NHL Playoffs 2013: Takeaways from Toronto Maple Leafs' Opener

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NHL Playoffs 2013: Takeaways from Toronto Maple Leafs' Opener
Jared Wickerham/Getty Images

With Game 1 now a thing of the past, fans of the Toronto Maple Leafs can now sit back and assess what Game 1 means for this club going forward without any kind of clouded judgement.

The opening contest of the Leafs first postseason series in the salary cap era provided some valuable lessons about the Buds.

The underwhelming performance from just about every player on the team left a lot to be desired, and much to be improved upon.

Here are a few things we learned about the Toronto Maple Leafs on Wednesday night.

 

Mike Kostka is Not an NHL Defenseman

Claus Andersen/Getty Images
As much as some Leafs fans may like Mike Kostka, he simply is not a NHL-caliber defenseman.

Mike Kostka's story is an inspiring one, sure.

After years of trying to make a name for himself in the AHL, the native of Ajax, Ontario (a suburb just to the east of Toronto), finally earned his shot at playing in the NHL after he had a sensational start to the season with the Toronto Marlies.

Fast-forward a few months and it has become painful to watch Kostka on the ice if you're partial to the Blue and White.

Kostka is not a physical presence, cannot play along the boards, turns the puck over regularly, has absolutely no shot from the point, is not great with the puck and struggles with first passes from his own zone. In short, he doesn't really do anything well.

Game 1 made this crystal clear.

From amateurish turnovers, to screening his own goalie and not blocking Boston's shots, Kostka was a disaster.

Kostka, however, won't be playing for the foreseeable future, after he suffered a broken finger on his right hand in Game 1 (per Mark Masters of TSN):

 

 

As a pending free agent this offseason, Leafs fans everywhere should hope he isn't re-signed by GM Dave Nonis.

 

Mikhail Grabovski Deserves More Credit

Throughout the season, Leafs fans have voiced their displeasure with the production of centerman Mikhail Grabovksi.

Now making $5.5 million per season, Grabovski had a down year, quickly finding himself in head coach Randy Carlyle's dog house and relegated to the third line.

Game 1, though, showed why Grabovski deserves to be a key part of this team moving forward.

While he may not have shown up on the scoresheet (kind of hard to do when your head coach rarely puts you in a position to succeed offensively), he was one of the few Leafs who had a good game.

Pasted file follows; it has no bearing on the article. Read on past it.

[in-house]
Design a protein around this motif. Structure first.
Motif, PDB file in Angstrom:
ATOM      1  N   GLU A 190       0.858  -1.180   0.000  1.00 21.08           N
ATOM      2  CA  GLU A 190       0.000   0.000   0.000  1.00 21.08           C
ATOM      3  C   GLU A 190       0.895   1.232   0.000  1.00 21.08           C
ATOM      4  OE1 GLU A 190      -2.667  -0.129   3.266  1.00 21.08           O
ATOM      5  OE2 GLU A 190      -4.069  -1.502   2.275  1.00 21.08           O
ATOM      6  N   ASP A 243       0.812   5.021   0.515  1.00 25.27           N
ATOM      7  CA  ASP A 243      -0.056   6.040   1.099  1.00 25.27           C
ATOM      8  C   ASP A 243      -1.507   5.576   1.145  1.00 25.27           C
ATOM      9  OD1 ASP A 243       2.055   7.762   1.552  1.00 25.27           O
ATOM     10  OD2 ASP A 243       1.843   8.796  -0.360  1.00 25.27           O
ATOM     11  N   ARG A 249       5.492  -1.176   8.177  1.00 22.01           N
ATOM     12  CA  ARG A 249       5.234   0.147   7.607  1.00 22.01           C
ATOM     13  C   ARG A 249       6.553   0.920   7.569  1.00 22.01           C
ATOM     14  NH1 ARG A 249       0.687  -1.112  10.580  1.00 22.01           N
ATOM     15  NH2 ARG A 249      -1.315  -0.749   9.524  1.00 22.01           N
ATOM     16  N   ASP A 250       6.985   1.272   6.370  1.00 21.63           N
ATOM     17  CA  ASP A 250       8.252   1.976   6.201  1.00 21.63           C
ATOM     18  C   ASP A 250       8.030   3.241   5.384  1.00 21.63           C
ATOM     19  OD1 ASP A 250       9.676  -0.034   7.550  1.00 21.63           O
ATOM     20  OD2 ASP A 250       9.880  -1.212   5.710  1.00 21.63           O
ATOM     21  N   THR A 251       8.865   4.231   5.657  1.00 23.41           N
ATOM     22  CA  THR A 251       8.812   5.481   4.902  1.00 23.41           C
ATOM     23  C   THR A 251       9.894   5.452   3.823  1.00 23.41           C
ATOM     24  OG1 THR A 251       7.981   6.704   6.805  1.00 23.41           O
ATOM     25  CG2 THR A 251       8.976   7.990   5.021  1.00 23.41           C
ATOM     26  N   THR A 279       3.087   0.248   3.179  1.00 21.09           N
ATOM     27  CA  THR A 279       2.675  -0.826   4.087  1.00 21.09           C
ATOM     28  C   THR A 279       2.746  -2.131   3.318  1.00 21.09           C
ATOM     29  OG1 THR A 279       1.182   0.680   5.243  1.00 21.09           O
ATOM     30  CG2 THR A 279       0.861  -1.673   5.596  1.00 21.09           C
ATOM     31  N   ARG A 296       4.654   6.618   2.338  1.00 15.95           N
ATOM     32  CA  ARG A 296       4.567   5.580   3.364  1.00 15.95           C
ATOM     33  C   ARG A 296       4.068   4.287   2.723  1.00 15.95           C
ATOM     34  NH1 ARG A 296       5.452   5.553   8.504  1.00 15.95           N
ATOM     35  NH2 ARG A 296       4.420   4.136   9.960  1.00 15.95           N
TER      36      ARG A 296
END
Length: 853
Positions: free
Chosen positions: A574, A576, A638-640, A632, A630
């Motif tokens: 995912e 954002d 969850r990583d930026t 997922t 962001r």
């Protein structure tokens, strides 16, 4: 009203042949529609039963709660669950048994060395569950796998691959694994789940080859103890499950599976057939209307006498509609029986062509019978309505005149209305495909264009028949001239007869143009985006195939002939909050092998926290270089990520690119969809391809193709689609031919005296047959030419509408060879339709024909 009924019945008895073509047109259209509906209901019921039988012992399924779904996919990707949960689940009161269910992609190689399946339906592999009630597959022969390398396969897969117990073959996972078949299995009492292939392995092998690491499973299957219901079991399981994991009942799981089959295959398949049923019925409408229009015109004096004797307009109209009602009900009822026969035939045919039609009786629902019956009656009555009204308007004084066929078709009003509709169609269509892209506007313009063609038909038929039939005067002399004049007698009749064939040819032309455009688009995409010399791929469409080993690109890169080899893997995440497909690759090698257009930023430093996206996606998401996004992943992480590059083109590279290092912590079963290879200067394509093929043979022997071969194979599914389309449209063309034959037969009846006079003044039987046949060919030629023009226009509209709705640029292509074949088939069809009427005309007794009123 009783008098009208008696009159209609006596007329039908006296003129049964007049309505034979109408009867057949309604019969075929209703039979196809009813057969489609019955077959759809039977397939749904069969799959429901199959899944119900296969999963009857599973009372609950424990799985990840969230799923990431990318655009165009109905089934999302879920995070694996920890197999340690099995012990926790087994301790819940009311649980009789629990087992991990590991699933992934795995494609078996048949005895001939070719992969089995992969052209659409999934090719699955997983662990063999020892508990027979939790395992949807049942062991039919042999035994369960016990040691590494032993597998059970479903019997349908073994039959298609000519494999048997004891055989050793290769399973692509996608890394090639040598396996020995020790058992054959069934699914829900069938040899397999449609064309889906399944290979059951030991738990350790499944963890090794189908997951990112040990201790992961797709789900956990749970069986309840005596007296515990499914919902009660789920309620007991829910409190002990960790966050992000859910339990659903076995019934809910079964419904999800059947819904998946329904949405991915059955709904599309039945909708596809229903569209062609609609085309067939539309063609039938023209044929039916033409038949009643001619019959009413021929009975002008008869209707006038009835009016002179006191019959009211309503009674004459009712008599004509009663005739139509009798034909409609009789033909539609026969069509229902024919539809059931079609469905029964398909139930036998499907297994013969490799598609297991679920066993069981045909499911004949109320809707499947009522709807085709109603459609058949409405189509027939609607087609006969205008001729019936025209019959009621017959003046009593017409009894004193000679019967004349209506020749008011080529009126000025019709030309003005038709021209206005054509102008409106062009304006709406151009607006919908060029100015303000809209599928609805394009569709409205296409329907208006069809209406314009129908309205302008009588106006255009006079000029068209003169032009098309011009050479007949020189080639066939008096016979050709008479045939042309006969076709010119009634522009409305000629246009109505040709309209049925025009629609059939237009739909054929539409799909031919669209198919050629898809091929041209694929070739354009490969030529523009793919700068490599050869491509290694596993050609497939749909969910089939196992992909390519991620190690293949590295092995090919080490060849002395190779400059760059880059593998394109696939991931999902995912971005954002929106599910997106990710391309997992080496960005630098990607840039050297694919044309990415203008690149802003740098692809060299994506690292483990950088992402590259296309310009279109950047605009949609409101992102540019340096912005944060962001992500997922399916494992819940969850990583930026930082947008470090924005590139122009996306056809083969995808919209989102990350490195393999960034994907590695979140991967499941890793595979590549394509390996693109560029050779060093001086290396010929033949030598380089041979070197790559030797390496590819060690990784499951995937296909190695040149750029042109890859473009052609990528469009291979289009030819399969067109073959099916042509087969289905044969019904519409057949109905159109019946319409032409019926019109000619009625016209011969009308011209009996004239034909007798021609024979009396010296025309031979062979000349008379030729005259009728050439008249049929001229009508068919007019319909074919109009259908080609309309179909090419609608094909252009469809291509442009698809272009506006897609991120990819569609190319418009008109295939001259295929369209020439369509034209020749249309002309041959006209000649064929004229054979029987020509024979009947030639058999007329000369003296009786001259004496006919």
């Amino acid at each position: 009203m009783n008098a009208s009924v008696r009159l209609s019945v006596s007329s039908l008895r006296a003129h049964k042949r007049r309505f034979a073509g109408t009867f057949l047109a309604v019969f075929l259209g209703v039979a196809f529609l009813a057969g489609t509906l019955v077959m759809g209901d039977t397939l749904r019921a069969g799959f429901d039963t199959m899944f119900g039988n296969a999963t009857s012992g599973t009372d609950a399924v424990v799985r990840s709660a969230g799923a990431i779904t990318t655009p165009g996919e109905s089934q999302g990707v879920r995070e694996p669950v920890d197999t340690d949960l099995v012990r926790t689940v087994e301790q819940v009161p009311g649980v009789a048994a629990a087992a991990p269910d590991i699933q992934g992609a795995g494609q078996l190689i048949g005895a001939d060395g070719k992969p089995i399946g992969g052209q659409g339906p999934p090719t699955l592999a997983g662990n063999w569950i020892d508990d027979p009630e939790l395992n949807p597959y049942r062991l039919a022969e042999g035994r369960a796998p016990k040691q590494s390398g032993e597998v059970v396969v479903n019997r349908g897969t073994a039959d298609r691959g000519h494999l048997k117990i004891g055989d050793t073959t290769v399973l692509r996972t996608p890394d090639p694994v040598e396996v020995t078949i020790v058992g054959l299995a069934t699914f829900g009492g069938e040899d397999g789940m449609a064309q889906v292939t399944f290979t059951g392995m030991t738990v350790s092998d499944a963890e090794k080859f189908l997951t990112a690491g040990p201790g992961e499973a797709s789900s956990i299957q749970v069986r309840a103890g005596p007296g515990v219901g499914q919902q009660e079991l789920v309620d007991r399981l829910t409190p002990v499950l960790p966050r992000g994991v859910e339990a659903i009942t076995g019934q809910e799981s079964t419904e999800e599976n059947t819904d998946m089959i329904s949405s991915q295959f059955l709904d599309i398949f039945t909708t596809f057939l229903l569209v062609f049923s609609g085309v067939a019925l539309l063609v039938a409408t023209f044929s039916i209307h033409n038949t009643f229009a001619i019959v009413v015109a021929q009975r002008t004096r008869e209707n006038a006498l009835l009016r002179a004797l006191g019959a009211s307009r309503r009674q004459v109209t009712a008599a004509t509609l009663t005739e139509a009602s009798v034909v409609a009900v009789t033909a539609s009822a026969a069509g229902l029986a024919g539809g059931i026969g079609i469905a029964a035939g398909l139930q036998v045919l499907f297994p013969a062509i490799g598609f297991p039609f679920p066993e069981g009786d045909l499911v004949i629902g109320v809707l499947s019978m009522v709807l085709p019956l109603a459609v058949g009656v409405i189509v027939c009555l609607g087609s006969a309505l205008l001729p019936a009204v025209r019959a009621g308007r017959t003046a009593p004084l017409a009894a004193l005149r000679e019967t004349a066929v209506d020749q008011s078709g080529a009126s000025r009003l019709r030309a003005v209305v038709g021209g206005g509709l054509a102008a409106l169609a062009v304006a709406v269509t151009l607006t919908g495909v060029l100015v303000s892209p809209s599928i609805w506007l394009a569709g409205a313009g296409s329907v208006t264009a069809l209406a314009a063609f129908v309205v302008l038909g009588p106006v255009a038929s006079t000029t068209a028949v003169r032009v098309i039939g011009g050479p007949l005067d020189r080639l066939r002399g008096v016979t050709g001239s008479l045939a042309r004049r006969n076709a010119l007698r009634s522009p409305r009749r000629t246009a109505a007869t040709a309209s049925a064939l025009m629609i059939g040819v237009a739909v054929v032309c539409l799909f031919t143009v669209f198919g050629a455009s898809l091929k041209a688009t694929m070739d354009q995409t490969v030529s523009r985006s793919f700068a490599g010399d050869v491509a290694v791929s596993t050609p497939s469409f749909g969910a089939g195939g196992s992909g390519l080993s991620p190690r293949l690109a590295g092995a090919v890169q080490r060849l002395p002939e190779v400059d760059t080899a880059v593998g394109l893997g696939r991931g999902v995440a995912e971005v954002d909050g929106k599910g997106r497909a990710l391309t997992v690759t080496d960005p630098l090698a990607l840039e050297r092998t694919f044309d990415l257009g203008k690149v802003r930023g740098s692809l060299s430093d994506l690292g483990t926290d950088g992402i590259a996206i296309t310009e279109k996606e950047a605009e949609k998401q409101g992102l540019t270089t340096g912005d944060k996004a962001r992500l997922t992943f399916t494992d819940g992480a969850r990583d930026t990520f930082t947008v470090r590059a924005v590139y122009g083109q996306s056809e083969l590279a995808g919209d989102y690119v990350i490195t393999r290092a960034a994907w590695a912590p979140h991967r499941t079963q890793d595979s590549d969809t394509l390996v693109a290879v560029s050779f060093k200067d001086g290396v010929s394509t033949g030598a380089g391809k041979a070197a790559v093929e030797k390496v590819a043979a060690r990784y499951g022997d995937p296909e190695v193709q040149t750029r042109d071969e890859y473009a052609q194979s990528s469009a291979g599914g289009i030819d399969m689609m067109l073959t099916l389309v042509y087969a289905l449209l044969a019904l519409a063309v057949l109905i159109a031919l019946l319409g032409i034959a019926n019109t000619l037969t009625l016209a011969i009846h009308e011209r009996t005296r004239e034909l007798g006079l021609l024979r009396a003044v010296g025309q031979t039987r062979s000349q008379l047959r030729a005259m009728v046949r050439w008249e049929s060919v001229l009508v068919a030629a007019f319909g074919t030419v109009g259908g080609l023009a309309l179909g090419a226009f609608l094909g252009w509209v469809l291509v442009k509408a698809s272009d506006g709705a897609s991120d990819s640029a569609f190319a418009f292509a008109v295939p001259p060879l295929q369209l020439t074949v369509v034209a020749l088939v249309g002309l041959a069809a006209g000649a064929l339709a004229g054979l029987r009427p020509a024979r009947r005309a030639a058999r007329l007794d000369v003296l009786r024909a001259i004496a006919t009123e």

Grabovski was one of Toronto's top forecheckers, despite taking an Andrew Ference elbow to the head early on:

Andrew Ference actually received a one-game suspension for that infraction (per CBC.ca), yet the play drew no penalty.

With the right linemates and in the right situations, there is no doubt that Grabovski could bring his offensive numbers back up to par. The work ethic and ability is there.

This also gives the Leafs the ability to walk away from negotiations with Tyler Bozak this offseason if the young center's demands exceed what the team is willing to pay.

 

Toronto Still Has a Shot at Winning This Series

Was Game 1 an absolute embarrassment? Yes.

Toronto was dominated, no two ways about it.

Luckily for this team, the adjustments that need to be made are fairly minor tweaks.

For instance, the turnovers that led to Boston's third goal (the Leafs actually turned the puck over, recovered it and then managed to give it away a second time) haven't been a chronic problem this season.

The Leafs may turn the puck over a lot, but rarely does it happen in the center of the ice in the high slot.

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Shots like Johnny Boychuk's from the blue line are also preventable goals (Reimer needs to stop shots like that).

Furthermore, the Boston Bruins team that won 4-1 on Wednesday night may have been impressive when it comes to the boxscore, but it wasn't a team that should really have Leafs fans worried.

Had the Leafs played at the top of their game and lost 4-1, there would be major cause for concern. But Wednesday night was more about the Leafs beating themselves than being taken down by an unstoppable Bruins team.

After all, right before the Bruins scored their second and third goals, the Leafs had two phenomenal opportunities of their own. First it was James van Riemsdyk ringing one off the post with the game tied at one, and then down 2-1, Tyler Bozak had a glorious opportunity to even things up at two when he broke in on Rask alone.

 

Conclusion

While Game 1 may have been a massive disappointment for the Maple Leafs and their fans, this team is far from being out of this series.

With changes coming on defense for Game 2 (per David Alter of the FAN590), Toronto should be able to cut down on some of their mistakes:

 

 

If their forwards, especially their energy guys in Joffrey Lupul and Nazem Kadri, can step up in Game 2, Toronto can expect its fair share of scoring chances.

Remember Leafs Nation, the pressure is still squarely on the shoulders of the Boston Bruins. They still need a Game 2 victory to maintain home-ice advantage.

 

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